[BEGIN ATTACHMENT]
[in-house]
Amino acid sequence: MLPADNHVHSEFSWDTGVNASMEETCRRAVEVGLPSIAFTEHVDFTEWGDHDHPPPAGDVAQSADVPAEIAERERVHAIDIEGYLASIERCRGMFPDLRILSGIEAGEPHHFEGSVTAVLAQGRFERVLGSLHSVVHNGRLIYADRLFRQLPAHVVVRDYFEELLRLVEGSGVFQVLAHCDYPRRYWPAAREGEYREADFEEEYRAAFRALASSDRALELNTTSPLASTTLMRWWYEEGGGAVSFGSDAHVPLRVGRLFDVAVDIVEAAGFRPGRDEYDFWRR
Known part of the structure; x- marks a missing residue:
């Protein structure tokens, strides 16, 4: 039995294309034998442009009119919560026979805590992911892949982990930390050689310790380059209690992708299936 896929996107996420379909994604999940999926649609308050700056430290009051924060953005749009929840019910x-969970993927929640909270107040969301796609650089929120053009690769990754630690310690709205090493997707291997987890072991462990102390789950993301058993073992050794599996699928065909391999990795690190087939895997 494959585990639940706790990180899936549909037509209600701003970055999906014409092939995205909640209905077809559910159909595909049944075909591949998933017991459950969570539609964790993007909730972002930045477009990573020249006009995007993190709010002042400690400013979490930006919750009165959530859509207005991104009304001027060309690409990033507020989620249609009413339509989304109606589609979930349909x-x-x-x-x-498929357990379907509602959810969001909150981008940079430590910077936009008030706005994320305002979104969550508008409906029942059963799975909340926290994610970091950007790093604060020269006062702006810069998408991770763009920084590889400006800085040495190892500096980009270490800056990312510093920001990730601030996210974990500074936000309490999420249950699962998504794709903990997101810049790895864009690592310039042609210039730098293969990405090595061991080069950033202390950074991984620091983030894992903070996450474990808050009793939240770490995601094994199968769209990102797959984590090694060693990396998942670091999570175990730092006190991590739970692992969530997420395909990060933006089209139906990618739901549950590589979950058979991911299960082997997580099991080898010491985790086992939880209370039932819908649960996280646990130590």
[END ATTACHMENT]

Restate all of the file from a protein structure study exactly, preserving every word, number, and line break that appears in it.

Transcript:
[in-house]
Amino acid sequence: MLPADNHVHSEFSWDTGVNASMEETCRRAVEVGLPSIAFTEHVDFTEWGDHDHPPPAGDVAQSADVPAEIAERERVHAIDIEGYLASIERCRGMFPDLRILSGIEAGEPHHFEGSVTAVLAQGRFERVLGSLHSVVHNGRLIYADRLFRQLPAHVVVRDYFEELLRLVEGSGVFQVLAHCDYPRRYWPAAREGEYREADFEEEYRAAFRALASSDRALELNTTSPLASTTLMRWWYEEGGGAVSFGSDAHVPLRVGRLFDVAVDIVEAAGFRPGRDEYDFWRR
Known part of the structure; x- marks a missing residue:
């Protein structure tokens, strides 16, 4: 039995294309034998442009009119919560026979805590992911892949982990930390050689310790380059209690992708299936 896929996107996420379909994604999940999926649609308050700056430290009051924060953005749009929840019910x-969970993927929640909270107040969301796609650089929120053009690769990754630690310690709205090493997707291997987890072991462990102390789950993301058993073992050794599996699928065909391999990795690190087939895997 494959585990639940706790990180899936549909037509209600701003970055999906014409092939995205909640209905077809559910159909595909049944075909591949998933017991459950969570539609964790993007909730972002930045477009990573020249006009995007993190709010002042400690400013979490930006919750009165959530859509207005991104009304001027060309690409990033507020989620249609009413339509989304109606589609979930349909x-x-x-x-x-498929357990379907509602959810969001909150981008940079430590910077936009008030706005994320305002979104969550508008409906029942059963799975909340926290994610970091950007790093604060020269006062702006810069998408991770763009920084590889400006800085040495190892500096980009270490800056990312510093920001990730601030996210974990500074936000309490999420249950699962998504794709903990997101810049790895864009690592310039042609210039730098293969990405090595061991080069950033202390950074991984620091983030894992903070996450474990808050009793939240770490995601094994199968769209990102797959984590090694060693990396998942670091999570175990730092006190991590739970692992969530997420395909990060933006089209139906990618739901549950590589979950058979991911299960082997997580099991080898010491985790086992939880209370039932819908649960996280646990130590």